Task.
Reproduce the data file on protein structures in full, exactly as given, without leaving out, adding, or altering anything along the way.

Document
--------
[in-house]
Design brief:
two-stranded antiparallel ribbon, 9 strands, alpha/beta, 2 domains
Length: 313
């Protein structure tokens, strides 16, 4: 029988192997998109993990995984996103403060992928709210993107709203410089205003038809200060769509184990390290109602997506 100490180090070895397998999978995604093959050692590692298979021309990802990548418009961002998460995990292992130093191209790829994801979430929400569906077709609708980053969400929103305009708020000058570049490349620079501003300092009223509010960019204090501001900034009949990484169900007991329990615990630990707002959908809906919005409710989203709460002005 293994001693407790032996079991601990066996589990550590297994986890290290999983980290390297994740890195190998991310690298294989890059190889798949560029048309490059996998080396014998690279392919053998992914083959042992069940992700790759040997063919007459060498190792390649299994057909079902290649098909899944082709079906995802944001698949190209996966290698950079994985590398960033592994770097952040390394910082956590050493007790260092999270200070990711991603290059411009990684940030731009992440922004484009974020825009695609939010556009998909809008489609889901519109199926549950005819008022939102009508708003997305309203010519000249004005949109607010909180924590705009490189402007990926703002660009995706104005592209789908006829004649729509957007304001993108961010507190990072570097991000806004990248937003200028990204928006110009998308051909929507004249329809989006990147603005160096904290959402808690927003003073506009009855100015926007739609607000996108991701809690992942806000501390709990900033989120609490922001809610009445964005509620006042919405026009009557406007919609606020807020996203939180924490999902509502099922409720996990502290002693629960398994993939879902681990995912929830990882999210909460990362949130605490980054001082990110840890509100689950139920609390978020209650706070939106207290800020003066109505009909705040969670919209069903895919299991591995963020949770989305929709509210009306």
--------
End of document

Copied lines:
[in-house]
Design brief:
two-stranded antiparallel ribbon, 9 strands, alpha/beta, 2 domains
Length: 313
């Protein structure tokens, strides 16, 4: 029988192997998109993990995984996103403060992928709210993107709203410089205003038809200060769509184990390290109602997506 100490180090070895397998999978995604093959050692590692298979021309990802990548418009961002998460995990292992130093191209790829994801979430929400569906077709609708980053969400929103305009708020000058570049490349620079501003300092009223509010960019204090501001900034009949990484169900007991329990615990630990707002959908809906919005409710989203709460002005 293994001693407790032996079991601990066996589990550590297994986890290290999983980290390297994740890195190998991310690298294989890059190889798949560029048309490059996998080396014998690279392919053998992914083959042992069940992700790759040997063919007459060498190792390649299994057909079902290649098909899944082709079906995802944001698949190209996966290698950079994985590398960033592994770097952040390394910082956590050493007790260092999270200070990711991603290059411009990684940030731009992440922004484009974020825009695609939010556009998909809008489609889901519109199926549950005819008022939102009508708003997305309203010519000249004005949109607010909180924590705009490189402007990926703002660009995706104005592209789908006829004649729509957007304001993108961010507190990072570097991000806004990248937003200028990204928006110009998308051909929507004249329809989006990147603005160096904290959402808690927003003073506009009855100015926007739609607000996108991701809690992942806000501390709990900033989120609490922001809610009445964005509620006042919405026009009557406007919609606020807020996203939180924490999902509502099922409720996990502290002693629960398994993939879902681990995912929830990882999210909460990362949130605490980054001082990110840890509100689950139920609390978020209650706070939106207290800020003066109505009909705040969670919209069903895919299991591995963020949770989305929709509210009306």